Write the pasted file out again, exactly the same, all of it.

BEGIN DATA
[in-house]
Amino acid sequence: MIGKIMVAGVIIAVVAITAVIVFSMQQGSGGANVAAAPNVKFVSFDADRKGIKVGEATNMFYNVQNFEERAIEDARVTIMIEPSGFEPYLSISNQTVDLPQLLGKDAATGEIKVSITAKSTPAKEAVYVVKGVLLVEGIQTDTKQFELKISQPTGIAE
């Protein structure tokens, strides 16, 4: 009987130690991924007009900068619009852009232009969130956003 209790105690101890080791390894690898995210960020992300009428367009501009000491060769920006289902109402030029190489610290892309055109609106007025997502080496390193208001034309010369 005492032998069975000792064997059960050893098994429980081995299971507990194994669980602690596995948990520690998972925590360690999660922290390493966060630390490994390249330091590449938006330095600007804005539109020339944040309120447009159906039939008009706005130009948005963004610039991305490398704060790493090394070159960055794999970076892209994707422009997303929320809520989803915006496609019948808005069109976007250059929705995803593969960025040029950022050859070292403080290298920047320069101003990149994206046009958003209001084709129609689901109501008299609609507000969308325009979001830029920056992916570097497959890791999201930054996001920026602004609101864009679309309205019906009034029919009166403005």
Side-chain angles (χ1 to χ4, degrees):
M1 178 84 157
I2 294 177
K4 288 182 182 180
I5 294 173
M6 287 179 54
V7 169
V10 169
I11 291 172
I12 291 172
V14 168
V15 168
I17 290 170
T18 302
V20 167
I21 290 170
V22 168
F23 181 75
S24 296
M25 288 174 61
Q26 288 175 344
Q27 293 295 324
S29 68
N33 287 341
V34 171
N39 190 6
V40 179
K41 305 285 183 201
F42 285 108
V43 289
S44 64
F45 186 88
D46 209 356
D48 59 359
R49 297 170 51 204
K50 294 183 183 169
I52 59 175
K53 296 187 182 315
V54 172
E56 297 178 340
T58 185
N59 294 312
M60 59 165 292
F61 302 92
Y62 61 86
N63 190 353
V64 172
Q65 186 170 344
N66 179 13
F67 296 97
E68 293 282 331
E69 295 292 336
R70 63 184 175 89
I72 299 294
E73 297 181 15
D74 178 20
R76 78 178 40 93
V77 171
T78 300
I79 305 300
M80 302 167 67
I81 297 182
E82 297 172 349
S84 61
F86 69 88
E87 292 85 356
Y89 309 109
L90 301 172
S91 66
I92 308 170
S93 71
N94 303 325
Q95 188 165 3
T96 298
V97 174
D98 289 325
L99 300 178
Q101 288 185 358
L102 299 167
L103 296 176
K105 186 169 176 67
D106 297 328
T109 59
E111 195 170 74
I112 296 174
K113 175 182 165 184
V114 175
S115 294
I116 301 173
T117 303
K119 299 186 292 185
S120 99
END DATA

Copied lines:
[in-house]
Amino acid sequence: MIGKIMVAGVIIAVVAITAVIVFSMQQGSGGANVAAAPNVKFVSFDADRKGIKVGEATNMFYNVQNFEERAIEDARVTIMIEPSGFEPYLSISNQTVDLPQLLGKDAATGEIKVSITAKSTPAKEAVYVVKGVLLVEGIQTDTKQFELKISQPTGIAE
């Protein structure tokens, strides 16, 4: 009987130690991924007009900068619009852009232009969130956003 209790105690101890080791390894690898995210960020992300009428367009501009000491060769920006289902109402030029190489610290892309055109609106007025997502080496390193208001034309010369 005492032998069975000792064997059960050893098994429980081995299971507990194994669980602690596995948990520690998972925590360690999660922290390493966060630390490994390249330091590449938006330095600007804005539109020339944040309120447009159906039939008009706005130009948005963004610039991305490398704060790493090394070159960055794999970076892209994707422009997303929320809520989803915006496609019948808005069109976007250059929705995803593969960025040029950022050859070292403080290298920047320069101003990149994206046009958003209001084709129609689901109501008299609609507000969308325009979001830029920056992916570097497959890791999201930054996001920026602004609101864009679309309205019906009034029919009166403005």
Side-chain angles (χ1 to χ4, degrees):
M1 178 84 157
I2 294 177
K4 288 182 182 180
I5 294 173
M6 287 179 54
V7 169
V10 169
I11 291 172
I12 291 172
V14 168
V15 168
I17 290 170
T18 302
V20 167
I21 290 170
V22 168
F23 181 75
S24 296
M25 288 174 61
Q26 288 175 344
Q27 293 295 324
S29 68
N33 287 341
V34 171
N39 190 6
V40 179
K41 305 285 183 201
F42 285 108
V43 289
S44 64
F45 186 88
D46 209 356
D48 59 359
R49 297 170 51 204
K50 294 183 183 169
I52 59 175
K53 296 187 182 315
V54 172
E56 297 178 340
T58 185
N59 294 312
M60 59 165 292
F61 302 92
Y62 61 86
N63 190 353
V64 172
Q65 186 170 344
N66 179 13
F67 296 97
E68 293 282 331
E69 295 292 336
R70 63 184 175 89
I72 299 294
E73 297 181 15
D74 178 20
R76 78 178 40 93
V77 171
T78 300
I79 305 300
M80 302 167 67
I81 297 182
E82 297 172 349
S84 61
F86 69 88
E87 292 85 356
Y89 309 109
L90 301 172
S91 66
I92 308 170
S93 71
N94 303 325
Q95 188 165 3
T96 298
V97 174
D98 289 325
L99 300 178
Q101 288 185 358
L102 299 167
L103 296 176
K105 186 169 176 67
D106 297 328
T109 59
E111 195 170 74
I112 296 174
K113 175 182 165 184
V114 175
S115 294
I116 301 173
T117 303
K119 299 186 292 185
S120 99